1. Division Algorithm Problems

Hello, I need help with the following problem.

Use the division algorithm to prove that if $\displaystyle a$ and $\displaystyle b$ are integers with $\displaystyle b \neq 0$, then there exist unique integers $\displaystyle q$ and $\displaystyle r$ such that $\displaystyle a=bq+r$, with $\displaystyle 0 \leq r < |b|$

2. Originally Posted by akolman
Hello, I need help with the following problem.

Use the division algorithm to prove that if $\displaystyle a$ and $\displaystyle b$ are integers with $\displaystyle b \neq 0$, then there exist unique integers $\displaystyle q$ and $\displaystyle r$ such that $\displaystyle a=bq+r$, with $\displaystyle 0 \leq r < |b|$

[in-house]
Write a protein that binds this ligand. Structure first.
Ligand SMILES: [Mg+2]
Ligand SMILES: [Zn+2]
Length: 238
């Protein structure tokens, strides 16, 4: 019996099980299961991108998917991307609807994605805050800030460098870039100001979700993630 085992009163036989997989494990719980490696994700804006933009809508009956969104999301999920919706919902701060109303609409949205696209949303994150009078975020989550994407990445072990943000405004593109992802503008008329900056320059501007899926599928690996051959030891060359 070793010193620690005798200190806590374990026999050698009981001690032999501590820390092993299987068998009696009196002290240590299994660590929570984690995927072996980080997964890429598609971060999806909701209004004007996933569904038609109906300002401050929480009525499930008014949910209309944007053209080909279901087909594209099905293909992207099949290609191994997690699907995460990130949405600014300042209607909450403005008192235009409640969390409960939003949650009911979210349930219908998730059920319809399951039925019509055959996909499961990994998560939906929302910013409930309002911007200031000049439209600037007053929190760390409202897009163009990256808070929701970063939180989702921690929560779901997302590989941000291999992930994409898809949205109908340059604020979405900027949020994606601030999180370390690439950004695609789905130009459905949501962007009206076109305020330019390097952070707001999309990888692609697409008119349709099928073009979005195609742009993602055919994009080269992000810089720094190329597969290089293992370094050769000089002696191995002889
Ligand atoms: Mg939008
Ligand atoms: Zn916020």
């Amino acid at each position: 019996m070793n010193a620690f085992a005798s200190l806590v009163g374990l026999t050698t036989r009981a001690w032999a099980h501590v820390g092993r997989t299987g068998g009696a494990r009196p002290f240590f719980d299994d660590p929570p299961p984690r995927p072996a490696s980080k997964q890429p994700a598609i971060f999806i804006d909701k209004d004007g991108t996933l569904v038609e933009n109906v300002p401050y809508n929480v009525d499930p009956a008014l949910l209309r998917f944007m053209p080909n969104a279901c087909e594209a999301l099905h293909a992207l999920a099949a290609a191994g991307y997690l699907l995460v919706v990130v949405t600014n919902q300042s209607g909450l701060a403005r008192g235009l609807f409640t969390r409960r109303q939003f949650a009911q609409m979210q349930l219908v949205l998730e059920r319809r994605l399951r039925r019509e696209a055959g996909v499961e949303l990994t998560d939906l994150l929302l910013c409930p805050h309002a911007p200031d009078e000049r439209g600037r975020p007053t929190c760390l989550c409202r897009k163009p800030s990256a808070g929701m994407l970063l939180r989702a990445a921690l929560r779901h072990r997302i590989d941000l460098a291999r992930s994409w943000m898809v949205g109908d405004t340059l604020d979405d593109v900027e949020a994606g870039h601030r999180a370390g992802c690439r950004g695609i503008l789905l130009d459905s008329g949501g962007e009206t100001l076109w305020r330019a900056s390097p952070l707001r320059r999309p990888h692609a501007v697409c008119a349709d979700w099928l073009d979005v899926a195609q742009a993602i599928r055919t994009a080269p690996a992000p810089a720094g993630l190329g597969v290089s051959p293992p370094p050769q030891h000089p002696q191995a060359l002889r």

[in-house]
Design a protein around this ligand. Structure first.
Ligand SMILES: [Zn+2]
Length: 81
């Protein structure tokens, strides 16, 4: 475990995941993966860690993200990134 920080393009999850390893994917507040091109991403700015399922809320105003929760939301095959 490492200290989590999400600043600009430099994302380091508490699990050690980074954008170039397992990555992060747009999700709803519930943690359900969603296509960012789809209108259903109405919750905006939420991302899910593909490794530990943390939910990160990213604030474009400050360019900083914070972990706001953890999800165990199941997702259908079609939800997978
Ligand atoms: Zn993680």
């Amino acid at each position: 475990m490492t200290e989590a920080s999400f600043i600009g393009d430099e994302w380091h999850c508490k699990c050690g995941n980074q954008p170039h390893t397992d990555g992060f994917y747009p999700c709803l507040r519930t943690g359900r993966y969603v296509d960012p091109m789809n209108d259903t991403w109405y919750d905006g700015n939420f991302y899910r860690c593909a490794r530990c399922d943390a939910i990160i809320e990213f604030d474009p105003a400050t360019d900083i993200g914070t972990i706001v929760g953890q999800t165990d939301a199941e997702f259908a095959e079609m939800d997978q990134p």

Say $\displaystyle a = bq_1+r_1 = bq_2 + r_2$.
Then, $\displaystyle b(q_1-q_2) = (r_2 - r_1)$. [1]
However, $\displaystyle 0 \leq r_2 < |b| \implies -r_1 \leq r_2 - r_1 < |b| - r_2 \implies - |b| < r_1 \leq r_2 - r_1 < |b| - r_2 < |b|$.
This means $\displaystyle |r_2-r_1| < |b|$.
Look at [1] and take absolute values, $\displaystyle |b||q_1 - q_2| = |r_2 - r_1|$.
Now if $\displaystyle q_1\not = q_2 \implies |q_1-q_2| \geq 1$ and so $\displaystyle |b||q_1-q_2| > |r_2-r_1|$ which is a contradiction.
This forces $\displaystyle q_1=q_2$ which ultimately forces $\displaystyle r_2 = r_1$.